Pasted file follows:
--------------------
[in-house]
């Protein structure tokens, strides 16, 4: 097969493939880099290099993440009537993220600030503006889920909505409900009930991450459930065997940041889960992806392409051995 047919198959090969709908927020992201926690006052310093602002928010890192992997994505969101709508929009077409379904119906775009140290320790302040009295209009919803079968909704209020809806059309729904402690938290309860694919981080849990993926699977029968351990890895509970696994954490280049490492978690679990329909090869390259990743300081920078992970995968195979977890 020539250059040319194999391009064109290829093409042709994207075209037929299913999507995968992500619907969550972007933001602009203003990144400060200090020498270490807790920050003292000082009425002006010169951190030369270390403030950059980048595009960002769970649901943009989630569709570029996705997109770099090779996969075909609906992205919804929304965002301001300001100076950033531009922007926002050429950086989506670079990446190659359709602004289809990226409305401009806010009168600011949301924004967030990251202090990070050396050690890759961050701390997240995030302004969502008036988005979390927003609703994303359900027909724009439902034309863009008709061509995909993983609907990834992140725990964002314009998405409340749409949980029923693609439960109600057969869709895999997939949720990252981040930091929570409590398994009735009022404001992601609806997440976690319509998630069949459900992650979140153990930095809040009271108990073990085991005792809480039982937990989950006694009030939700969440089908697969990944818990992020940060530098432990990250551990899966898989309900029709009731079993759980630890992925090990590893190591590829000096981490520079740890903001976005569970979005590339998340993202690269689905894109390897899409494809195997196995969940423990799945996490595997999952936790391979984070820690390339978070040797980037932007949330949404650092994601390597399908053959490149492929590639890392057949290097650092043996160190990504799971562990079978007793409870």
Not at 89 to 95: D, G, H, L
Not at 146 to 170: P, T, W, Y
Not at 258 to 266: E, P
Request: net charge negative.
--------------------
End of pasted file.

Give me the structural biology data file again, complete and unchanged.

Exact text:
[in-house]
């Protein structure tokens, strides 16, 4: 097969493939880099290099993440009537993220600030503006889920909505409900009930991450459930065997940041889960992806392409051995 047919198959090969709908927020992201926690006052310093602002928010890192992997994505969101709508929009077409379904119906775009140290320790302040009295209009919803079968909704209020809806059309729904402690938290309860694919981080849990993926699977029968351990890895509970696994954490280049490492978690679990329909090869390259990743300081920078992970995968195979977890 020539250059040319194999391009064109290829093409042709994207075209037929299913999507995968992500619907969550972007933001602009203003990144400060200090020498270490807790920050003292000082009425002006010169951190030369270390403030950059980048595009960002769970649901943009989630569709570029996705997109770099090779996969075909609906992205919804929304965002301001300001100076950033531009922007926002050429950086989506670079990446190659359709602004289809990226409305401009806010009168600011949301924004967030990251202090990070050396050690890759961050701390997240995030302004969502008036988005979390927003609703994303359900027909724009439902034309863009008709061509995909993983609907990834992140725990964002314009998405409340749409949980029923693609439960109600057969869709895999997939949720990252981040930091929570409590398994009735009022404001992601609806997440976690319509998630069949459900992650979140153990930095809040009271108990073990085991005792809480039982937990989950006694009030939700969440089908697969990944818990992020940060530098432990990250551990899966898989309900029709009731079993759980630890992925090990590893190591590829000096981490520079740890903001976005569970979005590339998340993202690269689905894109390897899409494809195997196995969940423990799945996490595997999952936790391979984070820690390339978070040797980037932007949330949404650092994601390597399908053959490149492929590639890392057949290097650092043996160190990504799971562990079978007793409870």
Not at 89 to 95: D, G, H, L
Not at 146 to 170: P, T, W, Y
Not at 258 to 266: E, P
Request: net charge negative.